52. The Battle between Markets and Society • One of the main messages of Polanyi is that a Market Society came into existence after a battle with traditional society. • Things considered sacred and out of reach of the market, were reduced to commodities for sale on the market. • Capitalist style labor markets – selling lives for money – cannot exist, without cheapening human lives. • This REPLACEMENT of social mechanisms by market mechanism causes great harm to society. • Polanyi provides a history of how markets won this battle against society.
  53. Emergence of Capitalism: Double Movement • Markets seek to expand, Society strongly resists such expansion. • Polanyi: History of emergence of capitalism cannot be understood without looking at this double movement. • Why do Markets – in an industrial society - seek to expand? • Why does society resist such expansion?
  54. Operation of Markets Requires Three Artificial Commodities • Land • Labor • Money These commodities are artificial, in the sense that they are no produced by labor. Land is the environment, in symbiotic relationship with humans. Labor is the material of our lives, not for sale at any price. Money is a social convention, created by consensus on use of tokens for claims on goods sold in the marketplace.
  55. Land as a commodity • Cheapens Land – reduces its value as a gift from God, which sustains our lives, and routinely performs miracles of turning seeds into plants • From mother earth, to commodity for exploitation in all possible ways. • This change in spirit is the root cause of the current environmental crisis
  56. Labor as a Commodity • Human lives for purchase and sale. • Cheapens Human beings to Human resources. • Massively increases the value of money – it can buy human lives! • Labor markets became possible because of the desperation created by Enclosures. Continued via incorporation into social norms. • Reflect on how un-natural and yet how common it is. • This is among the most important elements of how our minds and hearts are shaped by capitalism.
  57. Money as an Artificial Commodity Polanyi argues that money is a social institution that has been created to facilitate economic exchange, and that it is therefore subject to the same social and political forces as other institutions. He suggests that the creation of money as a means of exchange was a deliberate act of government and that the value of money is therefore determined by political decisions rather than by natural market forces.
  58. Capitalism Conditions Our Minds and Hearts • Awareness leads to the possibility of liberation • Realize that our lives our precious, beyond the possibility of purchase. • Realize that we are unique – not interchangeable parts. • Realize the enormous and irreplaceable gifts given to us on the planet – flora, fauna, seas, mountains, forests. These cannot be brought or sold for money. • Money is the market substitute for trust. Building genuine trust in social relationships leads to deep life satisfaction
  59. 4.7: The Transition to Capitalism The transition from a traditional society to a market society changed all the dimensions of society: politics, economics, educational, environmental, … . See: The Great Transformation in European Thought: Some specific aspects of this transformation are discussed in this section.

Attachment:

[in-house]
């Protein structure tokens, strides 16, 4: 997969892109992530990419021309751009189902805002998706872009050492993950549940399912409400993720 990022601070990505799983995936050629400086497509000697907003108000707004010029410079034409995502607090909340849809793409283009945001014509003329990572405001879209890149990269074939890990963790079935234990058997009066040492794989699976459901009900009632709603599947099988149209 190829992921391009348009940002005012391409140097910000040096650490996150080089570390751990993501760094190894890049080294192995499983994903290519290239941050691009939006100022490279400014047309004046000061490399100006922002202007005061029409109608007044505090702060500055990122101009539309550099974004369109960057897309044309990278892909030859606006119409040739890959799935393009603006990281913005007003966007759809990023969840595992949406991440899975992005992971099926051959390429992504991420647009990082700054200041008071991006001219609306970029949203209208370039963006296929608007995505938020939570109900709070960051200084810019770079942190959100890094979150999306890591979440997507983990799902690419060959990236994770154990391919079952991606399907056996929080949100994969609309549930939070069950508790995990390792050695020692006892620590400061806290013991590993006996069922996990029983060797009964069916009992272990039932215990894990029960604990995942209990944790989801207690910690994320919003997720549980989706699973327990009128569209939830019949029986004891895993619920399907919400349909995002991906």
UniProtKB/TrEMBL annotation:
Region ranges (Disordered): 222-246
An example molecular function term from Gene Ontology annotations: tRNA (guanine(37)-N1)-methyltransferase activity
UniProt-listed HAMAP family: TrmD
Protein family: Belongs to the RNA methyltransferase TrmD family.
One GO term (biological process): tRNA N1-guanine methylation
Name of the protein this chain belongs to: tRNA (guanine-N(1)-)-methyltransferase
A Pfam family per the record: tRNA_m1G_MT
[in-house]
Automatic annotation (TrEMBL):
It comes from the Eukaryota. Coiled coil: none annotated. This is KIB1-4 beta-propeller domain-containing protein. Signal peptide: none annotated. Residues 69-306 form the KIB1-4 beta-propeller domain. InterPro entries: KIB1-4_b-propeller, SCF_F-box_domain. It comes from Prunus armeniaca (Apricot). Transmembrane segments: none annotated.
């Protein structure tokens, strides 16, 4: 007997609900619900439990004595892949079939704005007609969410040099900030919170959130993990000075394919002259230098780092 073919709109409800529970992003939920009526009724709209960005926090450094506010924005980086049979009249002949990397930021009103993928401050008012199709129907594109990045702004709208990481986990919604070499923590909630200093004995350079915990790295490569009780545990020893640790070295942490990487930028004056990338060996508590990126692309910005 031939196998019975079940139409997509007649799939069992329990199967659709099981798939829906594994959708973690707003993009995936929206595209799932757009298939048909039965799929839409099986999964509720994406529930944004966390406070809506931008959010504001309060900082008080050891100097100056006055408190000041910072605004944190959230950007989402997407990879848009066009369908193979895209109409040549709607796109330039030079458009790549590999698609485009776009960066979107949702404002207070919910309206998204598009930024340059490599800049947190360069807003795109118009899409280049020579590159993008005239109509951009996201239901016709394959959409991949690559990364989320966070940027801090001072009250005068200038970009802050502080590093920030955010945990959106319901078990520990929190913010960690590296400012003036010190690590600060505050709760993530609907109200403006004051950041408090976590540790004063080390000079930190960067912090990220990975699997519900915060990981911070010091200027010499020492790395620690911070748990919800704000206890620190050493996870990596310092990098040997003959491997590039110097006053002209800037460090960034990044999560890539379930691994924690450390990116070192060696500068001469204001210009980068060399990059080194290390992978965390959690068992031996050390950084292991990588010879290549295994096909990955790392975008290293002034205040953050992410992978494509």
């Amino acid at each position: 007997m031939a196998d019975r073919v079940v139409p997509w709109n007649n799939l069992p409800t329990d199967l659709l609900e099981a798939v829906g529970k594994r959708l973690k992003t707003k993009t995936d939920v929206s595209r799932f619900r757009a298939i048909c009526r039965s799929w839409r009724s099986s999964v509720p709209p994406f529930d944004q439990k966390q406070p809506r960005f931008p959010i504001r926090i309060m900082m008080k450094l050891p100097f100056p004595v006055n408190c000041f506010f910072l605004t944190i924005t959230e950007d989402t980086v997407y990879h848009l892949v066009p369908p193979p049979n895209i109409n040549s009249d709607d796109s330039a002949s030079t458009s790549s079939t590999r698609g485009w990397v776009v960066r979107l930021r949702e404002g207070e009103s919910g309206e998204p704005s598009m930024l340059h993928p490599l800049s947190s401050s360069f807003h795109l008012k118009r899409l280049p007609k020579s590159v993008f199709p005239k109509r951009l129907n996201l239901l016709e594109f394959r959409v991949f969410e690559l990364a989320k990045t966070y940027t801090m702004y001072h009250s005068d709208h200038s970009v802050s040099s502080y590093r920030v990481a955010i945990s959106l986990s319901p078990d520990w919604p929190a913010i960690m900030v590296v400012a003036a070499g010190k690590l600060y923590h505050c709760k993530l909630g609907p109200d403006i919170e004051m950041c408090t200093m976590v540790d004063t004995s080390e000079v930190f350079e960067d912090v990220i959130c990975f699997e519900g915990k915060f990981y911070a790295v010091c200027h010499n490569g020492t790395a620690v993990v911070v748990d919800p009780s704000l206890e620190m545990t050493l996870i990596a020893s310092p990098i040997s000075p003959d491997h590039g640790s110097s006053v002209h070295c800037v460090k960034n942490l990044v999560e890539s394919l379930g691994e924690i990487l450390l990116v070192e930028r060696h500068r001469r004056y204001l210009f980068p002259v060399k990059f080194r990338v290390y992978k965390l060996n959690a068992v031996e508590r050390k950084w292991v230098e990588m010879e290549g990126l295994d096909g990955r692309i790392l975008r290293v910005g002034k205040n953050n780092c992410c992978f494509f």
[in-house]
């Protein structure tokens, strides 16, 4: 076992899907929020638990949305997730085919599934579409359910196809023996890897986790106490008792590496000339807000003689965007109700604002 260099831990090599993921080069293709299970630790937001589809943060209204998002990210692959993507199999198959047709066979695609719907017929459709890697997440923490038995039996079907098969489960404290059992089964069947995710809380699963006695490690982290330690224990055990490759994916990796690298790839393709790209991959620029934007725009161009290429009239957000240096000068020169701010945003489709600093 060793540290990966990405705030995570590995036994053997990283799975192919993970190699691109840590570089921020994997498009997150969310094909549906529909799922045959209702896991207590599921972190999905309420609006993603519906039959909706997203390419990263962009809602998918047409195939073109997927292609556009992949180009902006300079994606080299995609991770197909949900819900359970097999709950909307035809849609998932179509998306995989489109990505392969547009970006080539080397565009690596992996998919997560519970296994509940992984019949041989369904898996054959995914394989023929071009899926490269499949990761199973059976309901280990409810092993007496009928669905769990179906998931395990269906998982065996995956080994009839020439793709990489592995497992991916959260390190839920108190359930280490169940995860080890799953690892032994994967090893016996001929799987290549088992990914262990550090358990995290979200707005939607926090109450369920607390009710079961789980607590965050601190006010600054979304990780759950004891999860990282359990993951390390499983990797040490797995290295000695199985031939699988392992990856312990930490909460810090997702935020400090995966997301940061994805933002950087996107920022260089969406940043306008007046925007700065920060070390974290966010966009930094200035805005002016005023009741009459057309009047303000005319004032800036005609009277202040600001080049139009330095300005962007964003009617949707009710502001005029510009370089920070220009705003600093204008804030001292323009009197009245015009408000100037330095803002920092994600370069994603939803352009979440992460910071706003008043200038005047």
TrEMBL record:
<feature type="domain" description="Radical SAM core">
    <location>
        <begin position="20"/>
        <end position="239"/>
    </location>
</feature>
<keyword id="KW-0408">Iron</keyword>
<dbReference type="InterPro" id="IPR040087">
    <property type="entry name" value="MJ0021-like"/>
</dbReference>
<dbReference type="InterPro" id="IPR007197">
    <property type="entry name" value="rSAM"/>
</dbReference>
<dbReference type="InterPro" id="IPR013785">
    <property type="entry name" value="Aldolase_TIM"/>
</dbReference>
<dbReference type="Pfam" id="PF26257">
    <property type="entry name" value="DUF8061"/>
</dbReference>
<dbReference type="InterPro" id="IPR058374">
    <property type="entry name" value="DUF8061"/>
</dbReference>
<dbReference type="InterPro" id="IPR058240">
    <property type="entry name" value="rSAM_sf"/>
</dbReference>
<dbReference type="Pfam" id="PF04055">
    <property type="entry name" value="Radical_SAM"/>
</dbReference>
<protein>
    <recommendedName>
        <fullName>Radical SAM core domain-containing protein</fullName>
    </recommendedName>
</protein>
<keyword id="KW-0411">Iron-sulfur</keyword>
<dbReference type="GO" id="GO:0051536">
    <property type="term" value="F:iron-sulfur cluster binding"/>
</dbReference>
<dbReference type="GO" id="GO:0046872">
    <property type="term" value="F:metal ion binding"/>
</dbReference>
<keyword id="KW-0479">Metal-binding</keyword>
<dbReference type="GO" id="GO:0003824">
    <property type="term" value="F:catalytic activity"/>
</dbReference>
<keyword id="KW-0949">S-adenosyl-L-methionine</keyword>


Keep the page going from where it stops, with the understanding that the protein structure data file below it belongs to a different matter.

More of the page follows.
60. Feudal Society • Land was biggest source of wealth (created by enclosures). • Landlords were the most powerful class. • Social responsibility of the rich for the poor was an essential philosophy for this class structure. • Markets were peripheral to society, and strictly regulated. Intuitive understanding of the threat posed by markets to social structure.
  61. Transition from Land to Capital Eric Hobsbawm: Age of Capital Growth of trade and commerce led to rising power of the trading classes, which overtook the traditional landed aristocracy. This led to major changes in society.
  62. Creation of a Capitalist Class: Hobsbawm argues that the rise of industrial capitalism created a new class of capitalists who were distinct from the traditional landed aristocracy. These capitalists were defined by their ownership of productive assets and their control over the means of production, rather than their ownership of land or their position in the feudal hierarchy. This new class was able to accumulate wealth on an unprecedented scale, and its members became some of the most powerful and influential individuals in society.
  63. Creation of A Labor Class At the same time, the expansion of capitalism also created a new class of industrial workers who were defined by their dependence on wage labor. Hobsbawm argues that this new class was characterized by a distinct culture and consciousness, which was shaped by their experiences of working in factories and mills. This new working class became a powerful force in society, and their struggles for better wages and working conditions played a key role in the development of the labor movement and the formation of socialist and communist political parties.
  64. Karl Marx: Increasing Exploitation => Revolution Labor is a commodity for sale. Surplus labor drives wage to subsistence. Capitalists exploit labor, to accumulate wealth and power. Dynamics of capitalist competition require increasing exploitation. This will eventually lead laborers to revolt, to create a more just and equitable system. One of the keys to creating justice is the public ownership of capital.